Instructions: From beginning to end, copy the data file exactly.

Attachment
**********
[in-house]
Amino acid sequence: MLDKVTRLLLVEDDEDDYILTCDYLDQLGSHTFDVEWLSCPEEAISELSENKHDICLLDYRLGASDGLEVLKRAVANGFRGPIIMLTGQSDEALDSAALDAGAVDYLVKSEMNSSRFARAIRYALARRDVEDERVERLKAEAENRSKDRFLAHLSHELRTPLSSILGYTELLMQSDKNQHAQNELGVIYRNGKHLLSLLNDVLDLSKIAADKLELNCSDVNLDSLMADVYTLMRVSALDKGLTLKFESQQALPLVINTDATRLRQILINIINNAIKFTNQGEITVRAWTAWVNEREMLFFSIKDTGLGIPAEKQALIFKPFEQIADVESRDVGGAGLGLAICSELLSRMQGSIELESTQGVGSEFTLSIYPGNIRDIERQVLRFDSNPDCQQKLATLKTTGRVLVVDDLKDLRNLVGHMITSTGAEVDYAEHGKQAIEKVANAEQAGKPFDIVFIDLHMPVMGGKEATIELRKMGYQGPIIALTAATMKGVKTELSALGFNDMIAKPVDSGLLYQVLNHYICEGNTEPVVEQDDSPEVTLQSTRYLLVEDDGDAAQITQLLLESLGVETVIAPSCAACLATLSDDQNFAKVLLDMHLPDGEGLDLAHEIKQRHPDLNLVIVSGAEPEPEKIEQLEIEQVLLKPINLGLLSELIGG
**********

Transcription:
[in-house]
Amino acid sequence: MLDKVTRLLLVEDDEDDYILTCDYLDQLGSHTFDVEWLSCPEEAISELSENKHDICLLDYRLGASDGLEVLKRAVANGFRGPIIMLTGQSDEALDSAALDAGAVDYLVKSEMNSSRFARAIRYALARRDVEDERVERLKAEAENRSKDRFLAHLSHELRTPLSSILGYTELLMQSDKNQHAQNELGVIYRNGKHLLSLLNDVLDLSKIAADKLELNCSDVNLDSLMADVYTLMRVSALDKGLTLKFESQQALPLVINTDATRLRQILINIINNAIKFTNQGEITVRAWTAWVNEREMLFFSIKDTGLGIPAEKQALIFKPFEQIADVESRDVGGAGLGLAICSELLSRMQGSIELESTQGVGSEFTLSIYPGNIRDIERQVLRFDSNPDCQQKLATLKTTGRVLVVDDLKDLRNLVGHMITSTGAEVDYAEHGKQAIEKVANAEQAGKPFDIVFIDLHMPVMGGKEATIELRKMGYQGPIIALTAATMKGVKTELSALGFNDMIAKPVDSGLLYQVLNHYICEGNTEPVVEQDDSPEVTLQSTRYLLVEDDGDAAQITQLLLESLGVETVIAPSCAACLATLSDDQNFAKVLLDMHLPDGEGLDLAHEIKQRHPDLNLVIVSGAEPEPEKIEQLEIEQVLLKPINLGLLSELIGG